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Recovery Act: Round One Brings 'Nearly $28B' in Bids

The National Telecommunications and Information Administration (NTIA) revealed Thursday that it has received "nearly $28 billion" in bids for the first round of broadband stimulus funding tied to the Recovery Act.

The NTIA -- in conjunction with the the Department of Agriculture's Rural Utilities Service (RUS) -- is awarding $4 billion in funds in the first broadband round. A total of $7.2 billion, to be awarded over three separate rounds, has been appropriated.

The departments said today that they received almost 2,200 applications requesting nearly $28 billion in funding for proposed projects reaching all 50 U.S. states and territories and the District of Columbia.

Applications came in from state, local, and tribal governments; nonprofits; operators; libraries; universities; community colleges; hospitals; public safety organizations and "other entities in rural, suburban and urban areas," the NTIA says in a statement.

Unstrung has charted the tip of the applications iceberg, listing 16 companies and groups that have applied for funding. There are clearly many more applicants yet to show their hand.

In the coming weeks, the NTIA and RUS expect to post a Web-based, searchable database containing summaries of all applications received. Bid winners are expected be announced sometime in September at the earliest.

Therefore, we don't know yet how many from this diverse mix of bidders are traditional service providers as opposed to municipalities or campuses trying to improve wireless coverage.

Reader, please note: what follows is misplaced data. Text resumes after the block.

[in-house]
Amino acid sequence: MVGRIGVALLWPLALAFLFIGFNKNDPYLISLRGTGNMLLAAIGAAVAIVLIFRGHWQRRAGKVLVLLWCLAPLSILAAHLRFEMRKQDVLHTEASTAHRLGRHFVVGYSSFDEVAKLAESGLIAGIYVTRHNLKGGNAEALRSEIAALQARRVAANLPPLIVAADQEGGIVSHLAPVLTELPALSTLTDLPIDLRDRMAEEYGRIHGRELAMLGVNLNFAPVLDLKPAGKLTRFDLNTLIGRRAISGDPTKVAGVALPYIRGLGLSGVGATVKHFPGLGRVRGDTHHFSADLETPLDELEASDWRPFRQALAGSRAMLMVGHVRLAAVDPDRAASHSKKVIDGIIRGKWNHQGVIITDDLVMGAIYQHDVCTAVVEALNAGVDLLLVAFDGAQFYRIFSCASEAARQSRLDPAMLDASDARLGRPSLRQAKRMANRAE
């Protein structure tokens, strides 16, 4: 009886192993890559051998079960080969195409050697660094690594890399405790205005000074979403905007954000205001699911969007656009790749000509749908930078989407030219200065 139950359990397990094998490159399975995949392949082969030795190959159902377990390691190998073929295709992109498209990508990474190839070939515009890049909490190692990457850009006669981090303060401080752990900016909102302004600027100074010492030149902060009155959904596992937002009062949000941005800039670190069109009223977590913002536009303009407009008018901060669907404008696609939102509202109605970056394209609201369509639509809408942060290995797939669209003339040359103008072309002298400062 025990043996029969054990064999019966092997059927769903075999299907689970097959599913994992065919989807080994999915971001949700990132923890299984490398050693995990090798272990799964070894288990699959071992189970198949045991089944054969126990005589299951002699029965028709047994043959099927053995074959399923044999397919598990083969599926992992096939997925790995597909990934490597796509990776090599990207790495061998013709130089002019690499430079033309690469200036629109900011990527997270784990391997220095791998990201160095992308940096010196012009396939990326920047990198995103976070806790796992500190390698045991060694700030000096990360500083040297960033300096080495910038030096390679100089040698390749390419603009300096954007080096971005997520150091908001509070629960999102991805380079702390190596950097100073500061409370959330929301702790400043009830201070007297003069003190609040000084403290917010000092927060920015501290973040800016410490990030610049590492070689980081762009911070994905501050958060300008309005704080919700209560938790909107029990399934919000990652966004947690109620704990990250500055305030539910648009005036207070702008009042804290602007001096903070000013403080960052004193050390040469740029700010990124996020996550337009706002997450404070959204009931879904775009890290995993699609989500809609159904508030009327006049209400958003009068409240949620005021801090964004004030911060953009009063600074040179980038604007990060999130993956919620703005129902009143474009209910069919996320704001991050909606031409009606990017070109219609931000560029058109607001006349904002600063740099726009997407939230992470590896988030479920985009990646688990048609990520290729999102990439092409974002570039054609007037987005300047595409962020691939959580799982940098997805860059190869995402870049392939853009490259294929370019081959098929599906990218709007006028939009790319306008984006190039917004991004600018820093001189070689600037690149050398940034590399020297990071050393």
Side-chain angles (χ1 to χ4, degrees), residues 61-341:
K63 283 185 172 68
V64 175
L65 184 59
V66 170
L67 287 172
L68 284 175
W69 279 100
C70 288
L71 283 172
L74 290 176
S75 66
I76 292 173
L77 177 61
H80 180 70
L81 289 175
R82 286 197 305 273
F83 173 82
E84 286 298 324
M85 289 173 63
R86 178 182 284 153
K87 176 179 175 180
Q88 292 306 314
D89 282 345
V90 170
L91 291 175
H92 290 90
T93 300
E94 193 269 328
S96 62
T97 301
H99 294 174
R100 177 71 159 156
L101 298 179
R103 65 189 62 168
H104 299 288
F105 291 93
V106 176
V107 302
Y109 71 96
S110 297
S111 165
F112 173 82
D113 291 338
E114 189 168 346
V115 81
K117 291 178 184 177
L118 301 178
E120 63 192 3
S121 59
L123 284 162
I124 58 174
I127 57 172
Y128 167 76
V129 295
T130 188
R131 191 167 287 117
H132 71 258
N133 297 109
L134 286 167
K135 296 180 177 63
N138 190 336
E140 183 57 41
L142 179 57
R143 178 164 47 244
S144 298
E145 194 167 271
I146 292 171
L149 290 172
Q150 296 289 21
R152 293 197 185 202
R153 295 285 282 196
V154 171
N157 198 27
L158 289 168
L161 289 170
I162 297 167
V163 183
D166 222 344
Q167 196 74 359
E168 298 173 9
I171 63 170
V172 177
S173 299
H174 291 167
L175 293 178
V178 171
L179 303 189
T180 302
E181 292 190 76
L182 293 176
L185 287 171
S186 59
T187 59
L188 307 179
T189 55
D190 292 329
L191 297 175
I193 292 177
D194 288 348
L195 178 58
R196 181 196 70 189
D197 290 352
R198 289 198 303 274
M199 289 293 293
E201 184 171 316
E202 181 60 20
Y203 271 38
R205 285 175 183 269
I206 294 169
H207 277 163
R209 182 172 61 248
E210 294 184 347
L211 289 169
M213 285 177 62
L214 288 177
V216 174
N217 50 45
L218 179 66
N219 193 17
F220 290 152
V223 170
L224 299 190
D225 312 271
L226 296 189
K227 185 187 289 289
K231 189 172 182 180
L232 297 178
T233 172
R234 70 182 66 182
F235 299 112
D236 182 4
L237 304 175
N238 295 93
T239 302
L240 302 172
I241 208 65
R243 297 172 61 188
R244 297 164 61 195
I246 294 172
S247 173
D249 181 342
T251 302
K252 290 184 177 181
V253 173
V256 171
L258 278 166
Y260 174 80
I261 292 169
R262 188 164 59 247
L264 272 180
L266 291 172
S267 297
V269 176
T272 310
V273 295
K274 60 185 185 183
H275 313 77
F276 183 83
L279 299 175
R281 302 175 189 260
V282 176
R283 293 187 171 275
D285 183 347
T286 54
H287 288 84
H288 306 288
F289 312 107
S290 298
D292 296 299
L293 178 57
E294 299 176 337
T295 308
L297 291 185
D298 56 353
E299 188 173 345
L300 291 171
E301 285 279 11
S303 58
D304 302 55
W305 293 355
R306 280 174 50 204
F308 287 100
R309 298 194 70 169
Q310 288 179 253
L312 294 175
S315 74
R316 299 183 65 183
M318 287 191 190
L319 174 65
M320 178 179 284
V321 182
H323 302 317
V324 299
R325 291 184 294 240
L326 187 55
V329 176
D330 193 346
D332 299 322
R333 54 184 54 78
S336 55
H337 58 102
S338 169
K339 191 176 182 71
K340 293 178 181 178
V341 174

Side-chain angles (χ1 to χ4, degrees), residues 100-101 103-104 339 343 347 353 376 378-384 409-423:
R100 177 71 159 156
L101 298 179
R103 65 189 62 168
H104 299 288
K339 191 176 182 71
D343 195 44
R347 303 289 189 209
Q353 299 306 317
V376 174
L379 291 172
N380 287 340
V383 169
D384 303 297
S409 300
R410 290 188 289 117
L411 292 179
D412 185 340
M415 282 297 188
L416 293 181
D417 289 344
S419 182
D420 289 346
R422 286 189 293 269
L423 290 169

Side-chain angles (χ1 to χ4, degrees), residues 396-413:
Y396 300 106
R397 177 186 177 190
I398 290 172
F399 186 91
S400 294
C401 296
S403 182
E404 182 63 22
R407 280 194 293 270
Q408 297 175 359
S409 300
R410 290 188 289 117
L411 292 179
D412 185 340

The early indications from Light Reading and Unstrung's reporting is that larger Tier 1 and Tier 2 operators aren't too keen on getting involved. There are a number of smaller players deeply involved, however. (See Recovery Act: Everyone Wants to Rural the World, Recovery Act: Tier 2 Says 'No Thanks', and Recovery Act: The Undecided Remain.)

Broadband author and blogger, Craig Settles, meanwhile, claims that the number of bids debunks the idea that the broadband stimulus program is a failure because the incumbents aren't involved.

— Dan Jones, Site Editor, Unstrung

joset01 12/5/2012 | 3:57:46 PM
re: Recovery Act: Round One Brings 'Nearly $28B' in Bids

One thing to bear in mind, the $28B is an NTIA estimate not the final collated figure. You would imagine that it wouldn't shift much but I note this, just in case.

joset01 12/5/2012 | 3:57:46 PM
re: Recovery Act: Round One Brings 'Nearly $28B' in Bids Vendors: Harris, Alvarion, Commscope, quite possibly Motorola (public safety radios), there's more. I'll try and collate it more closely as details of the projects emerge.
jggveth 12/5/2012 | 3:57:47 PM
re: Recovery Act: Round One Brings 'Nearly $28B' in Bids Kudos again Dan. Unstrung and Lightreading really have this story covered well. This is interesting. Carriers do want the government hand out, they are just new really small carriers for the most part. Hopefully some will build real businesses and Americans will benefit from better broadband. Which vendors do you think this is good for? Maybe CommScope since they do a lot of Wireless connectivity. Maybe some of the WiMax vendors? Who else?
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